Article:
In a recent development for workers’ rights and workplace equality, the Worker Protection (Amendment of Equality Act 2010) Bill received Royal Assent on 26th October 2023.

The Act is exclusively concerned with sexual harassment and this focus reflects a targeted effort to address and mitigate one of the most pervasive and damaging issues in the workplace. By concentrating on sexual harassment, the Act aims to foster safer and more respectful work environments​​.

When does the new law come into effect?

The new law came into force in October 2024, giving employers time to prepare for compliance.

 What is expected of Employers?

The changes focus on the responsibilities of employers in the UK concerning workplace sexual harassment. A proactive duty on employers will be introduced which requires them to take “reasonable steps” to prevent sexual harassment in the workplace. This marks a shift from a reactive to a more preventative approach.

 What do employers need to do to prepare?

The introduction of this Act necessitates a review and potential overhaul of existing policies and practices. Employers are now required to proactively identify and mitigate risks of sexual harassment rather than merely responding to an incident or a claim.

This could involve training programs, clear reporting mechanisms, and a cultural shift towards zero tolerance for harassment.

Are there implications for Employers that do not comply?

The new legislation grants Employment Tribunals enhanced authority, particularly in cases of sexual harassment. Tribunals can uplift compensation awarded in such cases by up to 25% if an employer is found to have breached their duty to prevent such harassment. These financial implications are considered a significant deterrent for employers who fail to maintain a harassment-free workplace. On top of this, companies could face enforcement action by the Equality and Human Rights Commission (EHRC).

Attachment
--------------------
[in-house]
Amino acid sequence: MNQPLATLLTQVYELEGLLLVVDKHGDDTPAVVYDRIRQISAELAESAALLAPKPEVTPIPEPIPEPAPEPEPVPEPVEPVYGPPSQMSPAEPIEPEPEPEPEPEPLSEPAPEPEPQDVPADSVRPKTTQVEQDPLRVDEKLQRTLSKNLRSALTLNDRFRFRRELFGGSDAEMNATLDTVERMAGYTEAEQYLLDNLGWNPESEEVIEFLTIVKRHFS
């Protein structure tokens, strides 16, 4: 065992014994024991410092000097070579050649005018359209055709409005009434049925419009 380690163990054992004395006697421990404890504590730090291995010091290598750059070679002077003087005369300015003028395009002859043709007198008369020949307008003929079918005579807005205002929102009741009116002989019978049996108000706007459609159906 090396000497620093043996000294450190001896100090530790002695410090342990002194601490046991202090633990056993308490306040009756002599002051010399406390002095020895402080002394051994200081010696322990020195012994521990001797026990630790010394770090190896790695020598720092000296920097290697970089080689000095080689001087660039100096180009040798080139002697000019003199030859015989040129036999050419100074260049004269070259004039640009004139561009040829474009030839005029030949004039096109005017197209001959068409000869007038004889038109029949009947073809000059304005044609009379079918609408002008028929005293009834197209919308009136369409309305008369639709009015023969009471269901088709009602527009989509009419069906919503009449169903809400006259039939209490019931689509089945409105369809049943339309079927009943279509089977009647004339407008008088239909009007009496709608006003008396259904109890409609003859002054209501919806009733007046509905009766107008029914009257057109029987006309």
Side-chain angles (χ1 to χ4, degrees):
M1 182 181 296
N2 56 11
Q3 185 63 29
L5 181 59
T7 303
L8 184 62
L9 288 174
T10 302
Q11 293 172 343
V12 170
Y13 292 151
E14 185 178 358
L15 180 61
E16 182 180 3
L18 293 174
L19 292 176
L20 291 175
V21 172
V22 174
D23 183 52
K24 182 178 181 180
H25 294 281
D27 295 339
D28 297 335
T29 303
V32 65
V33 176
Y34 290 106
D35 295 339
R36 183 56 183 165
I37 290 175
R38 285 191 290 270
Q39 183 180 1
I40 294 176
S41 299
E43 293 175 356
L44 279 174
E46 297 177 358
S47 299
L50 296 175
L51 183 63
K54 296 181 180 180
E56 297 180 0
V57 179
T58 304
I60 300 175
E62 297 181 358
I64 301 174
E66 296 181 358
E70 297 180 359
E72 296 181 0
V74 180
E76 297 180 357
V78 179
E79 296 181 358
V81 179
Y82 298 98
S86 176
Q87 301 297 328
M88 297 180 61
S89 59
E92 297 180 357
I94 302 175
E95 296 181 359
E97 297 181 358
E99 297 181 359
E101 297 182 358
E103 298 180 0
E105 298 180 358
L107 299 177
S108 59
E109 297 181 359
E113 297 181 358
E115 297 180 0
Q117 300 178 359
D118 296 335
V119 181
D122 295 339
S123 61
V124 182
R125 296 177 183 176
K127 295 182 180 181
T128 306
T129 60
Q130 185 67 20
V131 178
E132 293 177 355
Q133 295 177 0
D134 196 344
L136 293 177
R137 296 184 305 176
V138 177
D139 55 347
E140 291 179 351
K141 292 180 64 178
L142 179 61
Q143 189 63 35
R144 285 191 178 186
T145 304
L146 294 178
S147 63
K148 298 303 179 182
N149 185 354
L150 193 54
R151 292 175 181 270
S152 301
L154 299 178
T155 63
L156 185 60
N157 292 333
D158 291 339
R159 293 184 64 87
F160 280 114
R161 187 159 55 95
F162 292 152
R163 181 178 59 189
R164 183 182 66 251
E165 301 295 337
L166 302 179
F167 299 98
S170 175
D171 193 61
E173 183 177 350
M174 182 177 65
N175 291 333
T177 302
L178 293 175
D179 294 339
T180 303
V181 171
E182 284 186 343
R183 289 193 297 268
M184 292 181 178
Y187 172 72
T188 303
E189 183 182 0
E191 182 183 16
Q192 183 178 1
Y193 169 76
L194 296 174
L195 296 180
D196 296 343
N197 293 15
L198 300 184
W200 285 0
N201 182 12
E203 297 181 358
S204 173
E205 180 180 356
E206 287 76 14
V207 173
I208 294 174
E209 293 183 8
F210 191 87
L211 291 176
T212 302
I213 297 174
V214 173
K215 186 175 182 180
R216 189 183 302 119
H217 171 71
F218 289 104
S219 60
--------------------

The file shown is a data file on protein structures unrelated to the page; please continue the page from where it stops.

The impact of the Act is expected to be substantial. By imposing a proactive duty on employers and shifting the focus to prevention, enhancing the powers of Employment Tribunals, and increasing the potential penalties for non-compliance, the Worker Protection (Amendment of Equality Act 2010) Act 2023 aims to reduce the incidents of sexual harassment in the workplace. This, in turn, can contribute to more respectful, safe and productive work environments across England, Wales, and Scotland.

Employers need to be aware of these changes and take action now to ensure compliance by October 2024.

How can our team at Backhouse help?

If you are an employer and need legal advice to ensure you are taking the right steps to comply or require us to draft or amend policies and procedures to ensure greater proactivity, or if you are an employee and have any questions regarding the new amendments and how you could be affected, please contact our expert Employment Law team.